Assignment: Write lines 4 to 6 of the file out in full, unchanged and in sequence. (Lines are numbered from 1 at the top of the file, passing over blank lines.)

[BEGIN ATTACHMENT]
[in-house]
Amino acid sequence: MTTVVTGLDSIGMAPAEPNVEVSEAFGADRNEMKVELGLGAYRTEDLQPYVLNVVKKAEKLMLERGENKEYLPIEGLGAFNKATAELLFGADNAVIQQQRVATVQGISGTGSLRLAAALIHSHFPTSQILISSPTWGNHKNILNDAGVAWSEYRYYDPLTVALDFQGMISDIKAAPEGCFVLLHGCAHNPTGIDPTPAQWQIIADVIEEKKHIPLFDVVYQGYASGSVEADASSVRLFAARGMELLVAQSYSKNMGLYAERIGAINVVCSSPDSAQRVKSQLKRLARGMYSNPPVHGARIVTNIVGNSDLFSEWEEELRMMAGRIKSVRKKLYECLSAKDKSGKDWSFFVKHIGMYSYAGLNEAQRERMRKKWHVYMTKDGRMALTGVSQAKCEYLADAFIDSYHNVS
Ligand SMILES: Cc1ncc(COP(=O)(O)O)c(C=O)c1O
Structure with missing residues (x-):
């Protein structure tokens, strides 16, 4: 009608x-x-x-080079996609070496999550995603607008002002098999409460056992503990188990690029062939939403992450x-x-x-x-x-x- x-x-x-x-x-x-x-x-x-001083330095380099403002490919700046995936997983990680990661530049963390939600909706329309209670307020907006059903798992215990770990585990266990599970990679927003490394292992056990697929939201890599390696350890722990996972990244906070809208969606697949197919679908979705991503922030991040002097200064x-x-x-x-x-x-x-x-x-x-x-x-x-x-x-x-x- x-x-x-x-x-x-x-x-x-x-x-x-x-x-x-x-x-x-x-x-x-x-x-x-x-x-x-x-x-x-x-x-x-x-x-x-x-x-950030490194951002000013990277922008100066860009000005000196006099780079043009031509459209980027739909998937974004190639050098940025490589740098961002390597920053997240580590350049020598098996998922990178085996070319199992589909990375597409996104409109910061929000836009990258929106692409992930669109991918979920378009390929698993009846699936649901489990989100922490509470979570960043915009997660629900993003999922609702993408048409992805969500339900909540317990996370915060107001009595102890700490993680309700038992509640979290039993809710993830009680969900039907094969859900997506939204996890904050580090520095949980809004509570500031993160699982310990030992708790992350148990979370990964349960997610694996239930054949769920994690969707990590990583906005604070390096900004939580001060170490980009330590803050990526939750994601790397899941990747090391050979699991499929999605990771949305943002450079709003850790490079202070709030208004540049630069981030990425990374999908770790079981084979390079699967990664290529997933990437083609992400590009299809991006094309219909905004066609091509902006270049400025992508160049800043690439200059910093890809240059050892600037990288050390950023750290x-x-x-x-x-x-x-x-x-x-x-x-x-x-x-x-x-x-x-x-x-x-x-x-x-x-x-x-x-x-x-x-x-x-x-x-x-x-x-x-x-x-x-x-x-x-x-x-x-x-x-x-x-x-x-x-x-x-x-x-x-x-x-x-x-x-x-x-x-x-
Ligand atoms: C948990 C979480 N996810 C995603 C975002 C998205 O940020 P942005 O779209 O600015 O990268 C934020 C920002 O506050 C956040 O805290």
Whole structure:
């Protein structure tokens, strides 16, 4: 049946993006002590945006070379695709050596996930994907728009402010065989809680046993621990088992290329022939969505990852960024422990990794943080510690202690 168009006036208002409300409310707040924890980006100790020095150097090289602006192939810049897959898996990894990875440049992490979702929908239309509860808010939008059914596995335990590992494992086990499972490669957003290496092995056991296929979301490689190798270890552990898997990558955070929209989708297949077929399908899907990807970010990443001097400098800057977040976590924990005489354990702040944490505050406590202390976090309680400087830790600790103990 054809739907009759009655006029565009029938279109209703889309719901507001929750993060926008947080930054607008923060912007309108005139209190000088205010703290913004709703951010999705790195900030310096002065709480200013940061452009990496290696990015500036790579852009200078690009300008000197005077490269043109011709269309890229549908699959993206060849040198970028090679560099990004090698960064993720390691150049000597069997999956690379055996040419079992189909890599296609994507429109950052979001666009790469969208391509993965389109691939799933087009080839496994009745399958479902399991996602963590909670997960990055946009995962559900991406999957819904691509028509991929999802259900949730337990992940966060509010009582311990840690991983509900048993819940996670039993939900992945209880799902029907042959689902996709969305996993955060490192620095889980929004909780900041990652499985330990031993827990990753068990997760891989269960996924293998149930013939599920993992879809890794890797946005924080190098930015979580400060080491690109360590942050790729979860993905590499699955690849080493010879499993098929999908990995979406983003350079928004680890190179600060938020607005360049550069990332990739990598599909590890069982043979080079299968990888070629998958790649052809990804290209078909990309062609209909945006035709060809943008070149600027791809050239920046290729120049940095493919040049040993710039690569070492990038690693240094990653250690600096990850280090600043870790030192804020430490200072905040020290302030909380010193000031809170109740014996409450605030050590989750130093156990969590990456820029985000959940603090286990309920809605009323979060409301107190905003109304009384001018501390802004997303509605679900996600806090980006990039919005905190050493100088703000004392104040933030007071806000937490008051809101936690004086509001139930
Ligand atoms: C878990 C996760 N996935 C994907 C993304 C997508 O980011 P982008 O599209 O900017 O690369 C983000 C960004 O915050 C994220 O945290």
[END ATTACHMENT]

Structure with missing residues (x-):
């Protein structure tokens, strides 16, 4: 009608x-x-x-080079996609070496999550995603607008002002098999409460056992503990188990690029062939939403992450x-x-x-x-x-x- x-x-x-x-x-x-x-x-x-001083330095380099403002490919700046995936997983990680990661530049963390939600909706329309209670307020907006059903798992215990770990585990266990599970990679927003490394292992056990697929939201890599390696350890722990996972990244906070809208969606697949197919679908979705991503922030991040002097200064x-x-x-x-x-x-x-x-x-x-x-x-x-x-x-x-x- x-x-x-x-x-x-x-x-x-x-x-x-x-x-x-x-x-x-x-x-x-x-x-x-x-x-x-x-x-x-x-x-x-x-x-x-x-x-950030490194951002000013990277922008100066860009000005000196006099780079043009031509459209980027739909998937974004190639050098940025490589740098961002390597920053997240580590350049020598098996998922990178085996070319199992589909990375597409996104409109910061929000836009990258929106692409992930669109991918979920378009390929698993009846699936649901489990989100922490509470979570960043915009997660629900993003999922609702993408048409992805969500339900909540317990996370915060107001009595102890700490993680309700038992509640979290039993809710993830009680969900039907094969859900997506939204996890904050580090520095949980809004509570500031993160699982310990030992708790992350148990979370990964349960997610694996239930054949769920994690969707990590990583906005604070390096900004939580001060170490980009330590803050990526939750994601790397899941990747090391050979699991499929999605990771949305943002450079709003850790490079202070709030208004540049630069981030990425990374999908770790079981084979390079699967990664290529997933990437083609992400590009299809991006094309219909905004066609091509902006270049400025992508160049800043690439200059910093890809240059050892600037990288050390950023750290x-x-x-x-x-x-x-x-x-x-x-x-x-x-x-x-x-x-x-x-x-x-x-x-x-x-x-x-x-x-x-x-x-x-x-x-x-x-x-x-x-x-x-x-x-x-x-x-x-x-x-x-x-x-x-x-x-x-x-x-x-x-x-x-x-x-x-x-x-x-
Ligand atoms: C948990 C979480 N996810 C995603 C975002 C998205 O940020 P942005 O779209 O600015 O990268 C934020 C920002 O506050 C956040 O805290």